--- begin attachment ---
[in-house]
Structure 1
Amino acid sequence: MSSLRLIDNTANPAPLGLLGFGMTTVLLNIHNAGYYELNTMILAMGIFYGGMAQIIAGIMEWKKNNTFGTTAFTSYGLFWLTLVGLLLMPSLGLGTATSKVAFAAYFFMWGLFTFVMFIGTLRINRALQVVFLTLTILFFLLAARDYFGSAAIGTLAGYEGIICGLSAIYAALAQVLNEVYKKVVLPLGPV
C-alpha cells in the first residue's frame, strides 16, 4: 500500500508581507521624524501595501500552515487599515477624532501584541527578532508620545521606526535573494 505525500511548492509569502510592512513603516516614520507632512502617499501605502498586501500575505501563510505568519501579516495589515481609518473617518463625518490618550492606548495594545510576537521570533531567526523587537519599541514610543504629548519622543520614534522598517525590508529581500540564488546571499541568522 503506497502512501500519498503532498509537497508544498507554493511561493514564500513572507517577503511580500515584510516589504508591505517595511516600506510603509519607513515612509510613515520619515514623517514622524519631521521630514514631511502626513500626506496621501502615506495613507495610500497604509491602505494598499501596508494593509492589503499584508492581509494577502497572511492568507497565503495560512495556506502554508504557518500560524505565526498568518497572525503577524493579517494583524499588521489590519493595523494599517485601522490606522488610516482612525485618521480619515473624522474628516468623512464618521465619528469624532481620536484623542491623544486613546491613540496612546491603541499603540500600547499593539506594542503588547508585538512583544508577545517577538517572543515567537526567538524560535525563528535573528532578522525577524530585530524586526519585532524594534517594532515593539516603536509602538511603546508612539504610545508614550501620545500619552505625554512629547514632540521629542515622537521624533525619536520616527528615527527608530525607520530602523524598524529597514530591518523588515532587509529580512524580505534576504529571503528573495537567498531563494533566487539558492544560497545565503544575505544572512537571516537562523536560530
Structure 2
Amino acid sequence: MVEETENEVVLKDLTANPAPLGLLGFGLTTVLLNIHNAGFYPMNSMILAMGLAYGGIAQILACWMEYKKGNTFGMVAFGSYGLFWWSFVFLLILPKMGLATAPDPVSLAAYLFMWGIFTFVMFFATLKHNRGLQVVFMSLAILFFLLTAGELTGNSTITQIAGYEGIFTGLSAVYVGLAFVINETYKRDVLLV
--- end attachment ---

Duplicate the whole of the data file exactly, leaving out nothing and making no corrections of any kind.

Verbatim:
[in-house]
Structure 1
Amino acid sequence: MSSLRLIDNTANPAPLGLLGFGMTTVLLNIHNAGYYELNTMILAMGIFYGGMAQIIAGIMEWKKNNTFGTTAFTSYGLFWLTLVGLLLMPSLGLGTATSKVAFAAYFFMWGLFTFVMFIGTLRINRALQVVFLTLTILFFLLAARDYFGSAAIGTLAGYEGIICGLSAIYAALAQVLNEVYKKVVLPLGPV
C-alpha cells in the first residue's frame, strides 16, 4: 500500500508581507521624524501595501500552515487599515477624532501584541527578532508620545521606526535573494 505525500511548492509569502510592512513603516516614520507632512502617499501605502498586501500575505501563510505568519501579516495589515481609518473617518463625518490618550492606548495594545510576537521570533531567526523587537519599541514610543504629548519622543520614534522598517525590508529581500540564488546571499541568522 503506497502512501500519498503532498509537497508544498507554493511561493514564500513572507517577503511580500515584510516589504508591505517595511516600506510603509519607513515612509510613515520619515514623517514622524519631521521630514514631511502626513500626506496621501502615506495613507495610500497604509491602505494598499501596508494593509492589503499584508492581509494577502497572511492568507497565503495560512495556506502554508504557518500560524505565526498568518497572525503577524493579517494583524499588521489590519493595523494599517485601522490606522488610516482612525485618521480619515473624522474628516468623512464618521465619528469624532481620536484623542491623544486613546491613540496612546491603541499603540500600547499593539506594542503588547508585538512583544508577545517577538517572543515567537526567538524560535525563528535573528532578522525577524530585530524586526519585532524594534517594532515593539516603536509602538511603546508612539504610545508614550501620545500619552505625554512629547514632540521629542515622537521624533525619536520616527528615527527608530525607520530602523524598524529597514530591518523588515532587509529580512524580505534576504529571503528573495537567498531563494533566487539558492544560497545565503544575505544572512537571516537562523536560530
Structure 2
Amino acid sequence: MVEETENEVVLKDLTANPAPLGLLGFGLTTVLLNIHNAGFYPMNSMILAMGLAYGGIAQILACWMEYKKGNTFGMVAFGSYGLFWWSFVFLLILPKMGLATAPDPVSLAAYLFMWGIFTFVMFFATLKHNRGLQVVFMSLAILFFLLTAGELTGNSTITQIAGYEGIFTGLSAVYVGLAFVINETYKRDVLLV